The Role of Black Women in the Making of a White Argentine Republic

“The discovery of personal whiteness among the world’s peoples is a very modern thing,” observed W.E.B. Du Bois, “a nineteenth and twentieth century matter, indeed.”1 The exposition of whiteness as a novel social construct and political tool masquerading as a natural category has been ably elaborated by several scholars in the last forty years. Erika Denise Edward’s new book, Hiding in Plain Sight: Black Women, the Law, and the Making of a White Argentine Republic, is both innovative as well as firmly grounded in the rich tradition of scholarship that illuminates the manifold processes, policies, sites, and situations in which notions of whiteness were negotiated, reified, and contested across the New World.

Hiding in Plain Sight counters conventional narratives about the demographic decline of Afro-Argentines as it centers the initiatives of African-descended women in capitalizing on the privileges of whiteness. Edwards, an Associate Professor of colonial Latin American History at UNC Charlotte, addresses broad questions regarding the complex relationships between race and class in Latin America, including “how the caste societies of the colonial and early national periods were gradually transformed into the class societies of the twentieth century.”2 Parallel to this socio-political shift, many have speculated about the ostensible reduction of Afro-Latin populations, which originally comprised significant if not majority numbers throughout colonial Spanish America. Explanations range from high mortality rates during independence and civil wars (in which Afro-Latin men tended to serve disproportionately) to assimilation. George Reid Andrews made a classic study of the purported nineteenth-century “disappearance” of Afro-Argentines. However, while Andrews focused on Buenos Aires, Edwards went to the archives of Córdoba, a much smaller city — but one more typical of the region — and her findings are distinctive.

Focusing on records from 1776 to 1840, Edwards proceeds, thematically and chronologically, to contextualize and build her argument that, in Córdoba, whitening was a process initiated by Black women in the private sphere, as mothers, wives, concubines, and domestics, before it was institutionalized. Edwards defines blanqueamiento as the “whitening process in Latin America that claimed a white nation was a modern nation and advanced economic and political policies to increase European immigration,” a position first advocated by nineteenth-century commentators from Argentina to Cuba. Edwards directly challenges this conventional explanation for “Black invisibility.” As Latin American societies transformed from highly stratified colonial communities with enslaved subjects and finely gradated notions of caste to independent republics with emerging definitions of citizenship, the customs, language, and law of race shifted to venerate whiteness above all other social markers. According to Edwards, Afro-Argentine women navigated this transformation in a way that allowed them to become the architects of their own invisibility.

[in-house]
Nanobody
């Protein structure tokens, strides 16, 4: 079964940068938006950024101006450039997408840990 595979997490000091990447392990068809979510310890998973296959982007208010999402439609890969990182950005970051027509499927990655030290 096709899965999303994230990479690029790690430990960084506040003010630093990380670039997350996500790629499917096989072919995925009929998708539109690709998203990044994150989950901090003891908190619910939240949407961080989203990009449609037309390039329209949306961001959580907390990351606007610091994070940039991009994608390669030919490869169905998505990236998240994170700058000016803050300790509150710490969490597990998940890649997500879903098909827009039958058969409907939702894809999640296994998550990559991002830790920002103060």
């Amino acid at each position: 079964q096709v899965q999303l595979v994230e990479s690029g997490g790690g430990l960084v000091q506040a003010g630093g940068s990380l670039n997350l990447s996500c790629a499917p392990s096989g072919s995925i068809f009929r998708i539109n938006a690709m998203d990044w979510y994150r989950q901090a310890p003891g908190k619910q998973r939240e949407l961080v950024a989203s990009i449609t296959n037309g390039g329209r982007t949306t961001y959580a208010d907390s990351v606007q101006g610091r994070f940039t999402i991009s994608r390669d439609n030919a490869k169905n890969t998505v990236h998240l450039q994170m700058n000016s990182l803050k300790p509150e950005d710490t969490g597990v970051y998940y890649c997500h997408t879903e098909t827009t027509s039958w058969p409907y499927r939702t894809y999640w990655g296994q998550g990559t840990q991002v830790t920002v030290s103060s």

Edwards first orients the reader by describing how privilege was reserved for Spaniards in the earliest colonial period. Yet, some Afro-descendants and Native Americans — often variously identified as castas — experienced social mobility through marriage, baptism, military service, miscegenation, and manumission. Here Edwards lays out her core argument in which Afro-Argentine women are the protagonists: “Their ability to subvert customary practices and legal codes that privileged Spaniards constitutes the basis of black erasure in Córdoba.” The chapters that follow discuss specific cases where Black women used the intimate circumstances of family: cohabitation, marriage, and motherhood, to secure the protections and privileges of whiteness for themselves and their children.

While the Afro-Argentine women whom Edwards documents tell us about late colonial and early republican Córdoba, her study resonates with work across the Americas. The Afro-Argentine women clearly exhibit the “legal consciousness” that Herman Bennett first described among colonial Afro-Mexicans navigating ecclesiastic and royal strictures to enlarge their own autonomy. More recently, Martha Jones explored how African Americans strategically performed citizenship in antebellum Baltimore.

Edward’s chapter “‘Her Best Performance:’ From Slave to Señora,” epitomizes a theme throughout her book: whiteness and honor were very much performative — cultural codes comprised of and transmitted by “reputation,” comportment, dress, and education. Edwards’ final chapter, “Lessons of Motherhood: The Beginnings of Institutionalized Whiteness,” examines the early nineteenth-century establishment of schools to “uplift” African-descended girls and how educational initiatives communicated and conflated civic notions of motherhood with a vision of citizenship’s link to whiteness.